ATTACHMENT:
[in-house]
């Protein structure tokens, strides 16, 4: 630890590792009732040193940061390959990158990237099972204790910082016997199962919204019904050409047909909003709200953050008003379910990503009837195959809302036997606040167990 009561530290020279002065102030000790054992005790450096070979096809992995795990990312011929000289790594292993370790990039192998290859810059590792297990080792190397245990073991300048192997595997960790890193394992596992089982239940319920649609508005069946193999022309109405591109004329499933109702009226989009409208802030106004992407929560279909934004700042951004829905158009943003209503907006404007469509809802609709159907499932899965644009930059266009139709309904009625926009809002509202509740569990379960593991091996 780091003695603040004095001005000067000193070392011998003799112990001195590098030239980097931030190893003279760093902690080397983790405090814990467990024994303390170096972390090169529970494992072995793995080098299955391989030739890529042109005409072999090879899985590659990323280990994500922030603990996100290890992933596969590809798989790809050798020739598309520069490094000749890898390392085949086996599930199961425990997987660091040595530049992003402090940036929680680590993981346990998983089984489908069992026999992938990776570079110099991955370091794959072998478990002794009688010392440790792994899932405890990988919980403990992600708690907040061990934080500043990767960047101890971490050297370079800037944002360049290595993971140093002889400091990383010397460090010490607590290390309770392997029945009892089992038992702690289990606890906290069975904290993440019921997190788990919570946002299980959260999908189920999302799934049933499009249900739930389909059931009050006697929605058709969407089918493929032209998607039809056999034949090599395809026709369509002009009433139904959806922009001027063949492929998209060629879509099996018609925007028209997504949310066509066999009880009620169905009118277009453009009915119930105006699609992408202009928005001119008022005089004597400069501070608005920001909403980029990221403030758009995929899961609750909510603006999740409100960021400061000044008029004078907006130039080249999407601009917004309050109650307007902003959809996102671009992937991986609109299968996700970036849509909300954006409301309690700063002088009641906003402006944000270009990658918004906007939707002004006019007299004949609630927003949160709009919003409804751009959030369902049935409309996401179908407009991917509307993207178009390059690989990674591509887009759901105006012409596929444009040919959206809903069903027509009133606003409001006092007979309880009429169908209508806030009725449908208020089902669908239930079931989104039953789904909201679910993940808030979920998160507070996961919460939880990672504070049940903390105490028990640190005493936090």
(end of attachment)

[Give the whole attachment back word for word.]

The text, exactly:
[in-house]
């Protein structure tokens, strides 16, 4: 630890590792009732040193940061390959990158990237099972204790910082016997199962919204019904050409047909909003709200953050008003379910990503009837195959809302036997606040167990 009561530290020279002065102030000790054992005790450096070979096809992995795990990312011929000289790594292993370790990039192998290859810059590792297990080792190397245990073991300048192997595997960790890193394992596992089982239940319920649609508005069946193999022309109405591109004329499933109702009226989009409208802030106004992407929560279909934004700042951004829905158009943003209503907006404007469509809802609709159907499932899965644009930059266009139709309904009625926009809002509202509740569990379960593991091996 780091003695603040004095001005000067000193070392011998003799112990001195590098030239980097931030190893003279760093902690080397983790405090814990467990024994303390170096972390090169529970494992072995793995080098299955391989030739890529042109005409072999090879899985590659990323280990994500922030603990996100290890992933596969590809798989790809050798020739598309520069490094000749890898390392085949086996599930199961425990997987660091040595530049992003402090940036929680680590993981346990998983089984489908069992026999992938990776570079110099991955370091794959072998478990002794009688010392440790792994899932405890990988919980403990992600708690907040061990934080500043990767960047101890971490050297370079800037944002360049290595993971140093002889400091990383010397460090010490607590290390309770392997029945009892089992038992702690289990606890906290069975904290993440019921997190788990919570946002299980959260999908189920999302799934049933499009249900739930389909059931009050006697929605058709969407089918493929032209998607039809056999034949090599395809026709369509002009009433139904959806922009001027063949492929998209060629879509099996018609925007028209997504949310066509066999009880009620169905009118277009453009009915119930105006699609992408202009928005001119008022005089004597400069501070608005920001909403980029990221403030758009995929899961609750909510603006999740409100960021400061000044008029004078907006130039080249999407601009917004309050109650307007902003959809996102671009992937991986609109299968996700970036849509909300954006409301309690700063002088009641906003402006944000270009990658918004906007939707002004006019007299004949609630927003949160709009919003409804751009959030369902049935409309996401179908407009991917509307993207178009390059690989990674591509887009759901105006012409596929444009040919959206809903069903027509009133606003409001006092007979309880009429169908209508806030009725449908208020089902669908239930079931989104039953789904909201679910993940808030979920998160507070996961919460939880990672504070049940903390105490028990640190005493936090």